In that moment, he realized what a distance his resentment had placed between himself and God's unconditional love. Spiritually transformed, he was filled with an intense feeling of life as he surrendered his will and willfulness to God. The Oxford principles of surrender, restitution, and sharing were founded on his personal experience of spiritual conversion.3

Alcoholics Anonymous

Bill Wilson, the founder of A.A., traced his journey through the Oxford Group. In November 1934, while he was still a practicing alcoholic, Bill was visited by an old friend, Ebby Thatcher, who had been restored to sobriety through the Oxford Group. One month later, while in a hospital undergoing treatment for alcoholism, Bill was again visited by Mr. Thatcher, at which time the principles of the Group were explained. Twenty years later, Bill Wilson described his conversion experience that night in this way:

My depression deepened unbearably and finally it seemed to me as though I were at the very bottom of the pit. I still gagged badly at the notion of a Power greater than myself, but finally, just for the moment, the last vestige of my proud obstinacy was crushed. All at once, I found myself crying out, 'If there is a God, let Him show Himself! I am ready to do anything, anything!'

Suddenly, the room lit up with a great white light. I was caught up into an ecstasy which there are not words to describe. It seemed to me, in the mind's eye, that I was on a mountain and that a wind, not of air, but of spirit was blowing. And then it burst upon me that I was a free man. Slowly the ecstasy subsided. I lay on the bed, but now for a time, I was in another world, a new world of consciousness. All about me and through me, there was a wonderful feeling of Presence, and I thought to myself, 'So this is the God of the preachers!' A great peace stole over me and I thought, 'No matter how wrong things seem to be, they are still all right. Things are all right with God and His world.'"4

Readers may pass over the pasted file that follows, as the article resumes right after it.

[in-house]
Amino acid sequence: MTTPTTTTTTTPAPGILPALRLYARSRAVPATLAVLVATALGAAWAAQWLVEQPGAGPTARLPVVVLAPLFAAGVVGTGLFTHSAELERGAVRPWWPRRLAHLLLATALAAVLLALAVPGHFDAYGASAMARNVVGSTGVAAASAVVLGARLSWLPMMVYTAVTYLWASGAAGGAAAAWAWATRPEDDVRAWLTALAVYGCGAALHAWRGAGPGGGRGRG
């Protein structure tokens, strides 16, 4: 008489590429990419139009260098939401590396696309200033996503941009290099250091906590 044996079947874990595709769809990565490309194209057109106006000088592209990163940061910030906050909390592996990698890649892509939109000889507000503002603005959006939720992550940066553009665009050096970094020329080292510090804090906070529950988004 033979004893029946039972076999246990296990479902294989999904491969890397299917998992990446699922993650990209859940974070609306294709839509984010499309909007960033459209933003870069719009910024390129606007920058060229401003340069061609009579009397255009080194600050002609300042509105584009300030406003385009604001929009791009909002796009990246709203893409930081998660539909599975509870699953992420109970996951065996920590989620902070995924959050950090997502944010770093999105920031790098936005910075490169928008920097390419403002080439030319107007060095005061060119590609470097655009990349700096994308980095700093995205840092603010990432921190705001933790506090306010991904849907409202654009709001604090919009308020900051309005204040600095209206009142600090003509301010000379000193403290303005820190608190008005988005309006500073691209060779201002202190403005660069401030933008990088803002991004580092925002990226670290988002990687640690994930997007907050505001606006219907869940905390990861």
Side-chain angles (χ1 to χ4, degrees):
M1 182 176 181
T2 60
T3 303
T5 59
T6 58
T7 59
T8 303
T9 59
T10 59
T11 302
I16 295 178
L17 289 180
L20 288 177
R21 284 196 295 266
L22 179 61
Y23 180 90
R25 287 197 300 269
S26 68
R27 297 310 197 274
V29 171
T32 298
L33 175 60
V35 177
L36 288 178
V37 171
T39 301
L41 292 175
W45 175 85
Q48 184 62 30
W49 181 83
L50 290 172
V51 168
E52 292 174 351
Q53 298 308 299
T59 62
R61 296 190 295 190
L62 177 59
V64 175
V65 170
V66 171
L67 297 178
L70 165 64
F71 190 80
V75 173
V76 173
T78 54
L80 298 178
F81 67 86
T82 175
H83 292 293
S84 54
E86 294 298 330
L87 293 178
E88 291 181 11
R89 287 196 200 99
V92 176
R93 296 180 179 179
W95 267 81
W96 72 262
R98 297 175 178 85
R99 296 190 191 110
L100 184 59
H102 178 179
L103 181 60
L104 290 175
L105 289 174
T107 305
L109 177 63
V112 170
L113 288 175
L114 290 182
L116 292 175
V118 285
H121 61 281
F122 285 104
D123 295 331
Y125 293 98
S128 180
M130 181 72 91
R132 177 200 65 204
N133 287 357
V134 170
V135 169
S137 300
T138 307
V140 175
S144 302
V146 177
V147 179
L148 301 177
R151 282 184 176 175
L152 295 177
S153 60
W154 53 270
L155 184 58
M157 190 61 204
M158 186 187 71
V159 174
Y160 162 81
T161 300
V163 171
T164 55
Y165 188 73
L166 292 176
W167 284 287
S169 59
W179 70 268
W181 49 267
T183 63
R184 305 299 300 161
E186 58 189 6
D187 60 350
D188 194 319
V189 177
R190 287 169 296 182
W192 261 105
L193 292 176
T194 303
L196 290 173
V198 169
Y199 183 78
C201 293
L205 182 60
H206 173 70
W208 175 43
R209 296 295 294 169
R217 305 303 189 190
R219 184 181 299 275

Are things all right between you and His world? Maybe you've had a similar spiritual conversion? If not, God desires to deliver you from past resentments of ill-will towards others, and the pride, fear, and anger that prevents you from living a wholesome life. The power of the Cross will remove the distance that your resentments have placed between you and God's unconditional love. May God open your eyes to the many possibilities that are ahead of you as you experience the freedom that comes through Jesus Christ.

"For God so loved the world that He gave His only begotten Son, that whoever believes in Him should not perish but have everlasting life."5

A Prayer For You ...

Heavenly Father, it's hard for me to believe that You would love me, but I want to believe You. Holy Spirit, I need your help to know God's love and for the willingness to receive Your love through abounding love ministries. My life is a mess, but I believe that Your love in Christ Jesus is the ultimate affirming love that heals human wounds and patiently awaits my graced response. I come to You now in faith, believing that You raised Jesus from the dead for my salvation, which is available to me. I invite Jesus into my heart, so that I may be cleansed from sin, to receive a new spirit and a new heart with new and right desires. Thank You, Father, for setting me free to experience Your healing and affirming love. Amen.

Scripture References:

1 1 Peter 1:3, 4
2 Serenity: A Companion for Twelve Step Recovery, pg. 16, Thomas Nelson, Inc.
3 Ibid, pg. 17
4 Alcoholics Anonymous Comes of Age: A Brief History of A.A., pg. 63.
5 John 3:16

Acknowledgement: A special thanks to Sherry for transcribing this months view!